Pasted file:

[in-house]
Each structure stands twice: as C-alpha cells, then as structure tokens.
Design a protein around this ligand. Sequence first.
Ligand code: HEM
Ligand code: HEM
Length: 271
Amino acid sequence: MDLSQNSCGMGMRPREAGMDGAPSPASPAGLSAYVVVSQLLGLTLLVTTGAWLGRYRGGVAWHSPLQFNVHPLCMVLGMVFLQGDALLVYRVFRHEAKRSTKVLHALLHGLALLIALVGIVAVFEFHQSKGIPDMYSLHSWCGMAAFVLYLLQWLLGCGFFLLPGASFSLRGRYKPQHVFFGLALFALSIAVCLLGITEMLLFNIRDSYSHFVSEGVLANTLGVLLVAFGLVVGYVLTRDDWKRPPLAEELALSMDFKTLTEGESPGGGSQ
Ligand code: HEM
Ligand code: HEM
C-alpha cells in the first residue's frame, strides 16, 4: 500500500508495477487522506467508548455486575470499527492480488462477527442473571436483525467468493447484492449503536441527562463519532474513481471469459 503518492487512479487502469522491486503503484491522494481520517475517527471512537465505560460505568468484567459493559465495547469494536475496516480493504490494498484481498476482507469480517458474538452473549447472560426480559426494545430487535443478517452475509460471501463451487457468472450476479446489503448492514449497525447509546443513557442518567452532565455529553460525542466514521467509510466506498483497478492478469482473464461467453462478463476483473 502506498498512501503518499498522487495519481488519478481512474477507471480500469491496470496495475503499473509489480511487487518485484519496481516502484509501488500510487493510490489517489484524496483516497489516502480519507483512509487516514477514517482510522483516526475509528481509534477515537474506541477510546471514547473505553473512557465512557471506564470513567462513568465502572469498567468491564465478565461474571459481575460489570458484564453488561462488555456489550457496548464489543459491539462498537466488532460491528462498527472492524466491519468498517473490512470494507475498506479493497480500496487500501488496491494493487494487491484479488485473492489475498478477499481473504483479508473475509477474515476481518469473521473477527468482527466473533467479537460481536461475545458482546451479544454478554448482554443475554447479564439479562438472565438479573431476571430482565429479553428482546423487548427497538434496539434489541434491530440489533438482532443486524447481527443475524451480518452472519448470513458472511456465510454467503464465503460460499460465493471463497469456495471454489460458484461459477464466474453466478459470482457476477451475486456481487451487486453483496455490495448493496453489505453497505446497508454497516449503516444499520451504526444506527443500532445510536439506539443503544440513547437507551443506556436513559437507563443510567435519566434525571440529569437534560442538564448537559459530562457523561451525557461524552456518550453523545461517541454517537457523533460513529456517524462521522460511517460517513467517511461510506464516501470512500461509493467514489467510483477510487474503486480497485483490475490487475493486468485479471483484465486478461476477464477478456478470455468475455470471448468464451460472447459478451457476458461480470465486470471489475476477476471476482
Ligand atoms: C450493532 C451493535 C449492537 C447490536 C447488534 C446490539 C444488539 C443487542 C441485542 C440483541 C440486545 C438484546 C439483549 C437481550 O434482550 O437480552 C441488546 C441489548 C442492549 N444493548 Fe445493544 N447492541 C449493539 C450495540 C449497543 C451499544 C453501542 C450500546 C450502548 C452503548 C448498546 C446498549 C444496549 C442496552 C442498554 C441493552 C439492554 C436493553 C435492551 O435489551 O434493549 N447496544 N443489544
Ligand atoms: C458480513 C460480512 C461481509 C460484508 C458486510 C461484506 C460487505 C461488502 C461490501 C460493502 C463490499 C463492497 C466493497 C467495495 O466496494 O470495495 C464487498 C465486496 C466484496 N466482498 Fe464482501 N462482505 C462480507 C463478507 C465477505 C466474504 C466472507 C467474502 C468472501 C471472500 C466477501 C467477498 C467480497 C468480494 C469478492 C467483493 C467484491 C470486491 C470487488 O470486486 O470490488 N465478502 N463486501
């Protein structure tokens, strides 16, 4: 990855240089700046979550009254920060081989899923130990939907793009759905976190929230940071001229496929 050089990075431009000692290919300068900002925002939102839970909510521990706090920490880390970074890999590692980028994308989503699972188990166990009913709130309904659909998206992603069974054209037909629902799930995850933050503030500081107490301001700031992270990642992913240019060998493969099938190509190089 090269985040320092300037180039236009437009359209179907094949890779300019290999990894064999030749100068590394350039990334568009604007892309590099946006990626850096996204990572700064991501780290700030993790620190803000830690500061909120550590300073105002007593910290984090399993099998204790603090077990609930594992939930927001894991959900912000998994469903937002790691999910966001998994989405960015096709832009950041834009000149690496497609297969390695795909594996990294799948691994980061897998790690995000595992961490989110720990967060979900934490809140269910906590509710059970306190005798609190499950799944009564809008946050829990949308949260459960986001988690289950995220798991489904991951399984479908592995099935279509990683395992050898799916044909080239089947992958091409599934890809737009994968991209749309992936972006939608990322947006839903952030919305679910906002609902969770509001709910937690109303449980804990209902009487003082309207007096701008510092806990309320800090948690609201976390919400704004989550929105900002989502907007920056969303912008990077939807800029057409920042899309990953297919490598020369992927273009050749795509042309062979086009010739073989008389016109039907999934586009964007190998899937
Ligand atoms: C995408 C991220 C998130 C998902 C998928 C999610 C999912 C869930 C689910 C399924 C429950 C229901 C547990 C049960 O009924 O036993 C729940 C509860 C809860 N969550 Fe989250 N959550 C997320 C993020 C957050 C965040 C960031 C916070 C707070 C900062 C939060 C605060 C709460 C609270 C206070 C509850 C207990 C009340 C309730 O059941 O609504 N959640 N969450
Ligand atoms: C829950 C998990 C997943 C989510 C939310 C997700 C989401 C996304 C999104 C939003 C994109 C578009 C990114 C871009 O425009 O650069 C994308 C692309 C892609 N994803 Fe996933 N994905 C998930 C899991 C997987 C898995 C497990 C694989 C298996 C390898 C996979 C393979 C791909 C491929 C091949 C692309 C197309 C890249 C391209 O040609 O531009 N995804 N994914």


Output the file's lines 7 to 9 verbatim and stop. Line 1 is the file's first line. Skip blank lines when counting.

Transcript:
Amino acid sequence: MDLSQNSCGMGMRPREAGMDGAPSPASPAGLSAYVVVSQLLGLTLLVTTGAWLGRYRGGVAWHSPLQFNVHPLCMVLGMVFLQGDALLVYRVFRHEAKRSTKVLHALLHGLALLIALVGIVAVFEFHQSKGIPDMYSLHSWCGMAAFVLYLLQWLLGCGFFLLPGASFSLRGRYKPQHVFFGLALFALSIAVCLLGITEMLLFNIRDSYSHFVSEGVLANTLGVLLVAFGLVVGYVLTRDDWKRPPLAEELALSMDFKTLTEGESPGGGSQ
Ligand code: HEM
Ligand code: HEM